CANADA FX DEBT-C$ firms after U.S. data, bounces off five-year low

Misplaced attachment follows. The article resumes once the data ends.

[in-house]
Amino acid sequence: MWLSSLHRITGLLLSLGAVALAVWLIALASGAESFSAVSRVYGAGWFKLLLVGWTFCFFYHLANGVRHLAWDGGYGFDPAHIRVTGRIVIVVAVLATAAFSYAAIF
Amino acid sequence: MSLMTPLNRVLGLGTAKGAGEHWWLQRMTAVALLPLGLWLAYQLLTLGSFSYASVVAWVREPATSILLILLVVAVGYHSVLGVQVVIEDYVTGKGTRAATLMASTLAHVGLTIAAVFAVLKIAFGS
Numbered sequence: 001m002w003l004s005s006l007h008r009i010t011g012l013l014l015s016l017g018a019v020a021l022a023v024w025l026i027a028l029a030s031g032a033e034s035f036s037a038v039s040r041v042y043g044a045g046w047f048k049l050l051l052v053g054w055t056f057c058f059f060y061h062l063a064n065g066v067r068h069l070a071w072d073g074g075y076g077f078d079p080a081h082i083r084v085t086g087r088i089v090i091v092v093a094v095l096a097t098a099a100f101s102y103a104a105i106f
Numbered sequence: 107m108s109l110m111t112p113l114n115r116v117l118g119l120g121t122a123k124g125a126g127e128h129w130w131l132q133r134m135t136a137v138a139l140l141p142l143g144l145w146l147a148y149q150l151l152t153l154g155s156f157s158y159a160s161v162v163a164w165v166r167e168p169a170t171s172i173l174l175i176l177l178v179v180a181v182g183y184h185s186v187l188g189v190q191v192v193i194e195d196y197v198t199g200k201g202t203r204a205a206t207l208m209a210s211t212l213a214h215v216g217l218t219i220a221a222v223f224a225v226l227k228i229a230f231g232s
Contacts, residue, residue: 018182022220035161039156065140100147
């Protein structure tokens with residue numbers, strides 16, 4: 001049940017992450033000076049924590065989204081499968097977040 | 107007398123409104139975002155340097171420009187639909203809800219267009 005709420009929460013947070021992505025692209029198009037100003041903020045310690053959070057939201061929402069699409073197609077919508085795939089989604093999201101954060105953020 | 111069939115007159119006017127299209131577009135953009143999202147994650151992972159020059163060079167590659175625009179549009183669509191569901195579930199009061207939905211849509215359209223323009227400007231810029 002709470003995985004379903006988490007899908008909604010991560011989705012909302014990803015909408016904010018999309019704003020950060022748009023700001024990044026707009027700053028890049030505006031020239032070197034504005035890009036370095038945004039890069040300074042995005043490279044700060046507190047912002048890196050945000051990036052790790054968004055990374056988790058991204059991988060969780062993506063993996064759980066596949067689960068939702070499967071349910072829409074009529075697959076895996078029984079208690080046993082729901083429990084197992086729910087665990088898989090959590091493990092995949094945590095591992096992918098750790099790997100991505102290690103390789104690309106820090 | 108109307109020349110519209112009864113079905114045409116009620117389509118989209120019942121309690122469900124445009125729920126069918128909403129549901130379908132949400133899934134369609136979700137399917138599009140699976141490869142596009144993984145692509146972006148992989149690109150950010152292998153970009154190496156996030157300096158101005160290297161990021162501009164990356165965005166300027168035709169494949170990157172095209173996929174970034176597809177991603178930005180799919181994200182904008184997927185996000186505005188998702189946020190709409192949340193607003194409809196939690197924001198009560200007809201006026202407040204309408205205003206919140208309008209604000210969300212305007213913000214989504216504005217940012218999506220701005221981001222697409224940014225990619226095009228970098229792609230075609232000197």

* Canadian dollar at C$1.1265 or 88.77 U.S. cents * Loonie hits 5-year low in early morning trading * 10-yr bond yield at lowest since May 2013 By Leah Schnurr TORONTO, Oct 15 (Reuters) - The Canadian dollar firmed against the greenback on Wednesday, bouncing off the more than five-year low it hit earlier in the session as a drop in oil prices was offset by weaker-than-expected U.S. economic data. Bond yields were also caught up in the global market rout, with the yield on the benchmark 10-year Canadian government bond at its lowest since May 2013. Concerns about heavy oversupply sent U.S. crude down 36 cents to $81.84 a barrel, though the commodity moved off its lows for the day, further helping the Canadian dollar. As an oil exporter, Canada's currency is often sensitive to the price of the commodity. The Canadian dollar has shed about 6 percent since July as it has suffered from a rally in the U.S. dollar as the U.S. Federal Reserve winds down its stimulus program and moves closer to raising interest rates. Losses accelerated on Tuesday, sparked by a steep drop in oil prices and worries about the health of the global economy. The loonie racked up a new low for 2014 in early morning trading before clawing back its losses, but analysts expect the currency's momentum is still to the downside. "I wouldn't bet against it getting weaker," said Mark Chandler, head of Canadian fixed income and currency strategy at Royal Bank of Canada in Toronto. "We have C$1.15 at the end of the year and we're getting there quick." The Canadian dollar was at C$1.1265 to the greenback, or 88.77 U.S. cents, stronger than Tuesday's close of C$1.1306, or 88.45 U.S. cents. The loonie touched a session low of C$1.1385, its lowest level since July 2009. But it was able to recover as the greenback was hit by disappointing U.S. retail sales and producer price figures. The U.S. dollar shed more than 1 percent against a basket of currencies. Canadian government bond prices were higher across the maturity curve, with the two-year up 16-1/2 Canadian cents to yield 0.901 percent, its lowest level since June 2012. The benchmark 10-year was up C$1.15 to yield 1.817 percent. (Editing by Peter Galloway)
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